1. Will Smith LHP — Another controversial ranking for which I caught grief, but overall I’m still confident about his top ranking. (I will note, though, that last November I predicted Chaffee could be #1 for 2009.) Will’s numbers are a bit deceiving, because he got hurt early when he strained his left hamstring in his second start on April 18. Smith returned three weeks later on May 7 and got bombed, which I dismiss because he hadn’t pitched in a while. If you look at his numbers since then, he’s had eight starts, 54.1 IP, a 2.98 ERA, 1.05 WHIP, 48 strikeouts and 10 walks. Not quite the insane 76:6 SO:BB ratio in 73 IP last year at Orem, but still very impressive for a 19-year old in the Midwest League. (He turns 20 on July 10.) The injury probably cost him a nomination to the All-Star Game. A defensive note — six of nine runners against him have been caught stealing, but that could be credited to his catcher as well as Will. In any case, this 6’5″ southpaw (with room to grow) continues to look as if he may evolve into a dominant pitcher, with a late-season promotion to Advanced-A Rancho Cucamonga not out of the question.
UPDATE June 23, 2009 10:30 AM PDT — This morning’s Cedar Rapids Gazette had a lengthy article about Ryan Chaffee and the other Kernels chosen for tonight’s Midwest League All-Star Game. Kernels manager Bill Mosiello had this to say about Chaffee:
“He needs to make a lot of changes,” Kernels Manager Bill Mosiello said. “He needs to not try and trick every hitter and pitch around everybody. Like the other day, he gives up one run but throws 98 pitches in five innings. If he continues to do that, he’s not going to be able to pitch very long.
“But he’s been good since day one. Sometimes in their minds, they are developing. Maybe they’re not physically showing it, but I think he’s learning … He’s going through the process, still learning. It’s like I told him, it’s pretty neat to learn like that giving up only one run. Hopefully he’ll make the adjustments in his next start and as he gets older.”
Kernels second baseman Alexi Amarista will play in Tuesday’s Midwest League All-Star Game. He’s batting .310 and has 22 stolen bases.
The first half for most full-season minor leagues ends this weekend. I’ll wait until then to take a mid-season look at the players listed last November in my 2008 Top 10 Prospects report.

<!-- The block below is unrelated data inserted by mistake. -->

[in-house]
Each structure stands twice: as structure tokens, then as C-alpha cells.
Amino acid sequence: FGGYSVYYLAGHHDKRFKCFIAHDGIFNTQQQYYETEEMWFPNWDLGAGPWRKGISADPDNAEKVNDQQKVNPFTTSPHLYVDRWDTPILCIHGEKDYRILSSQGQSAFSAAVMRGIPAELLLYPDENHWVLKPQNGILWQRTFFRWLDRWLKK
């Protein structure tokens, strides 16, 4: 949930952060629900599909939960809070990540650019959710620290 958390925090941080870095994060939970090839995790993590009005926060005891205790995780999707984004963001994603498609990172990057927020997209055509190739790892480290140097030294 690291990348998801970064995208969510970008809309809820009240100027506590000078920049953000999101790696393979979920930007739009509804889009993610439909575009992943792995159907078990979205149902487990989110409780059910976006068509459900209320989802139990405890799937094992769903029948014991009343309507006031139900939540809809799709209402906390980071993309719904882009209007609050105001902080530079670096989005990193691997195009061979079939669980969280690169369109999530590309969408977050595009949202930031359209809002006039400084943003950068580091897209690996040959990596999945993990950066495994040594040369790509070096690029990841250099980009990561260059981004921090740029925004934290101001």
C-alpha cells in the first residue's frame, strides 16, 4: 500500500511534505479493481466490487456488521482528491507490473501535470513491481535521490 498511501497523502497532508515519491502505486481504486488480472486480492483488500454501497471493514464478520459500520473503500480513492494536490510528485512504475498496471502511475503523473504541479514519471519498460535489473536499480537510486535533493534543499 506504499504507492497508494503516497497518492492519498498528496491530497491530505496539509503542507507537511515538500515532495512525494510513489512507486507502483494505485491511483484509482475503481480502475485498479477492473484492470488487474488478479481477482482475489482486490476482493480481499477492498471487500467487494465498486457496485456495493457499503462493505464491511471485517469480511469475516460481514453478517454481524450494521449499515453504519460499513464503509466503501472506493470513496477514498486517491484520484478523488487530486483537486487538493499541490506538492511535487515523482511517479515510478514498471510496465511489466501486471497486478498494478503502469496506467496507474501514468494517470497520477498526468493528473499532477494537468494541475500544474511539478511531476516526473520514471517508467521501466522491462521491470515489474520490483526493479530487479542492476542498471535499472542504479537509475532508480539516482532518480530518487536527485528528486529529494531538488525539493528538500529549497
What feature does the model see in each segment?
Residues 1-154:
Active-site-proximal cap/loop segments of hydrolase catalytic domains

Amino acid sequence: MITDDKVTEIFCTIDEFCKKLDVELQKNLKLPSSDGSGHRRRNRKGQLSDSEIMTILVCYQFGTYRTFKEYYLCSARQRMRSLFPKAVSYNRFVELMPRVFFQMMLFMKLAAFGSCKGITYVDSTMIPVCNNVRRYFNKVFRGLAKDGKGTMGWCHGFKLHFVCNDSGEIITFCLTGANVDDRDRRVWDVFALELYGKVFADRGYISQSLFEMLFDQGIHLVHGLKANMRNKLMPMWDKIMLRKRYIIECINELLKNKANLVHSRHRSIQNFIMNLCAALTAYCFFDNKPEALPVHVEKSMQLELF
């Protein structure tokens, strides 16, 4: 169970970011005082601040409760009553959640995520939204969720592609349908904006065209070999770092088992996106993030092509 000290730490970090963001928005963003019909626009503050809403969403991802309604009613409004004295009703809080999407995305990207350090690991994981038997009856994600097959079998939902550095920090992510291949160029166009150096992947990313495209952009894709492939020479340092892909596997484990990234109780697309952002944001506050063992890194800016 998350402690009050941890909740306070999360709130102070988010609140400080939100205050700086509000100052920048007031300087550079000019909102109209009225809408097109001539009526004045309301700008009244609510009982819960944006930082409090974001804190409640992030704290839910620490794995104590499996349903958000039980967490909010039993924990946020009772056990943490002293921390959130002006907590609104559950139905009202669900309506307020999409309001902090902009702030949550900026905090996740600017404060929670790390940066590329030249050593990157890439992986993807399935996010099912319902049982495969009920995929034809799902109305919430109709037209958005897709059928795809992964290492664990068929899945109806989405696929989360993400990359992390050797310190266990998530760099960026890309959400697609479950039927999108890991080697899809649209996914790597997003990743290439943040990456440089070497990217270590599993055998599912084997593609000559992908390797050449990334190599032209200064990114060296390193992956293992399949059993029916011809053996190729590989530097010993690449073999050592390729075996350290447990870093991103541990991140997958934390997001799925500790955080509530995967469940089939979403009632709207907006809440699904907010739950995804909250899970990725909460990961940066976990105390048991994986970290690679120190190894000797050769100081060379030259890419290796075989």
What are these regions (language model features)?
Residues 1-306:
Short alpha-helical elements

Let’s take a look at guys who might have made my list had I possessed a working crystal ball:
RHP Matt Palmer was a journeyman pitcher signed by the Angels over the winter as a six-year minor league free agent from the Giants’ system. Palmer found himself in the big leagues only because of a rash of injuries to the Angels’ starting rotation. The Angels lost John Lackey, Ervin Santana, Kelvim Escobar, Dustin Moseley and Shane Loux, and worst of all the death of Nick Adenhart. At age 30, Palmer is no one’s idea of a future Hall of Famer, but he provided quality innings at the back of the rotation when it was desperately needed. As of this writing, he has a 6-0 record and a 4.13 ERA in 56.2 innings.
LHP Trevor Reckling appeared on many Top 10 lists. He almost made mine — if there’d been a #11, it would have been him — but I wanted to see how his mechanics held up over another full season before I gave him Top 10 status. Trevor began 2009 at age 19 with High-A Rancho Cucamonga. He made only three starts before Nick Adenhart’s death rippled through the organization. Sean O’Sullivan moved up from Double-A Arkansas to Triple-A Salt Lake, and Reck moved up to fill Sully’s spot. He’s responded beyond all expectations, becoming one of six Travelers named to the Texas League All-Star Game. He turned 20 on May 22, one of the youngest pitchers in the league. Reckling has been shaky in his last three starts, walking 15 in 17.1 innings, which could be mechanical issues, fatigue or just the league catching up with him. It’s also important to note that Dickey-Stephens Park is very pitcher-friendly; it you look at his home/road splits, his home ERA is 1.72 (36.2 IP) but his road ERA is 4.57 (21.2 IP). The second half will be key, to see if fatigue catches up to him and if the extreme home/road split continues.
RHP Trevor Bell, a supplemental draft pick after the first round in June 2005, was generally considered to be a disappointment coming into 2009. Last season found him demoted from Rancho Cucamonga to Cedar Rapids as a disciplinary action, and when he returned to the Quakes he was in the bullpen. There was little reason to think he’d step it up in 2009, join Double-A Arkansas in the starting rotation, be named to the Texas League All-Star Game and be promoted to Triple-A Salt Lake before mid-season. Bell posted a 2.23 ERA in 11 starts (68.2 IP) with 51 strikeouts and 20 walks. But how’s about that home/away split we talked about? Good news. His home ERA was 2.25 (44.0 IP), his road ERA was 2.19 (24.2 IP). He gave up only one homer in the first half, and that was at home. In his first Triple-A start on June 16, Bell went the distance at home against Colorado Springs, pitching a two-hit shutout in hitter-friendly Spring Mobile Ballpark.
2B Alexi Amarista is charitably listed at 5’8″ 150 lbs., but the 20-year old Venezuelan has hit his way into the Midwest League All-Star Game for the Kernels. His glove got him named the Angels’ defensive player of the month for April, committing no errors in 77 chances (although he’s committed nine since then). Amarista has fallen back to earth in June, batting .261 to date. A left-handed batter, he generally lacks power with no homers and a .424 SLG, but he makes up for it with speed, notching 22 stolen bases to date in 32 attempts. His SO:BB ratio is nearly 1:1 (33:27 in 245 AB) and fits well into the Angels’ “Contactball” style of play, striking out once every 7.4 at-bats.